By Staff Reporter
With only a year left, Zimbabweans will in 2018 held its general elections; previously the ruling Zanu-PF party has been accused by opposition political parties for vote rigging, marking elections contacted over the past decade as null and void.
Zimbabwe Election Commission (ZEC) is a nominally independent organisation which controls elections at all levels in Zimbabwe. Zec’s independence has been hugely compromised following interference by the Zanu-PF party.
In the 2018 elections Zimbabweans for the first time will shift from analogue to digital, migrating to the biometric voting process.
Currently, opposition parties are at loggerheads with government following its decision to take over the procurement of Biometric Voters Registration (BVR) kits from a long-time partner, United Nations Development Programme (UNDP).
Responding to a motion by the MDC-T vice president Thokozani Khupe during the question and answer session last week on Wednesday Vice President Emerson Mnangagwa dismissed allegations that government had taken over the acquisition of the BVR kit. Initially Mnangagwa told the parliamentarians that government had secured the total amount needed for the purchase of the BVR equipment.
“The Government of Zimbabwe has agreed to provide the US$17 million required to buy that equipment. The question of specifications as to what types of gadgets are going to be bought is technical. The Government of Zimbabwe is not involved. It is ZEC with its own technical experts identifying equipment and there are so many companies that have come forward, who are offering specifications that have been put forward”.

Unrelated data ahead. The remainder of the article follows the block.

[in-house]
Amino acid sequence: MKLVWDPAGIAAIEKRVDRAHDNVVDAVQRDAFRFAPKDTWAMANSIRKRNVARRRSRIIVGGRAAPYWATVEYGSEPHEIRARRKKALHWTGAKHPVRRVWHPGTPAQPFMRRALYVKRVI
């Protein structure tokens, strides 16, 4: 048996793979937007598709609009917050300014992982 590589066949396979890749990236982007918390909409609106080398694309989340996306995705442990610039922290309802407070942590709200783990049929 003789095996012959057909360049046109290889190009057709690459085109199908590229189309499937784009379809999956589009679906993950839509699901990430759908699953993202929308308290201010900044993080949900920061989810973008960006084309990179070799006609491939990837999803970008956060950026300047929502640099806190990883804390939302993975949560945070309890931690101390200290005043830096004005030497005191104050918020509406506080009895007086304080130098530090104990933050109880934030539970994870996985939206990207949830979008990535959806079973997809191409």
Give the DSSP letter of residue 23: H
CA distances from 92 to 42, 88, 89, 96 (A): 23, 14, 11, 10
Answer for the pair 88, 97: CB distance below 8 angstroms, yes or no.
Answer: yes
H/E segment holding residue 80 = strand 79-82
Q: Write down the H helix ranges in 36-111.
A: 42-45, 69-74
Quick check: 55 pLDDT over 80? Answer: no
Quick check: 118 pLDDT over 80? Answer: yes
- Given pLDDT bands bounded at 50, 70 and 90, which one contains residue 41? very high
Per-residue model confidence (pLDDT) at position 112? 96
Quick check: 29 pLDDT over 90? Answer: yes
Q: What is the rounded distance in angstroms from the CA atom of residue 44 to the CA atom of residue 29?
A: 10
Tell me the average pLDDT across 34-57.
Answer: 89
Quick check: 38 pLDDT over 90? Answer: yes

“So, it is not true that the Government of Zimbabwe is now running the elections; it has advanced $17 million to ZEC to acquire the BVR kit. I think every single Zimbabwean who is patriotic will feel proud that we are totally independent in finding resources to acquire equipment for ourselves rather than getting it from some other sources”, mockingly, Mnangagwa answered.
VP Mnangagwa said government was also concerned with the issue of free, fair and transparent general elections.
MDC-T Vice President Nelson Chamisa raised a supplementary question on why government was backtracking, after it had been agreed that the United Nations (UN), through the UNDP, would procure the biometric machines.
Mnangagwa dodged Chamisa’s question saying government had not cut ties with UNDP but the money that was required for the purchase of the BVR kit will be used for other key areas like capacity building.
Glen View North legislator Fani Munengami questioned VP Mnangagwa why government which was not doing well in terms of finances had refused to partner with UNDP who wanted to assist with the procurement of the BVR kit.
“We have challenges in hospitals because we are unable to remunerate doctors who are on strike. On 20th February, there is a woman called Caroline Dube who passed away”, Munengami queried citing a recent case of a woman who had died because of the strike.
Mnangangwa maintained his stance and implored opposition parties to approach ZEC should they have an grievances concerning the electoral process.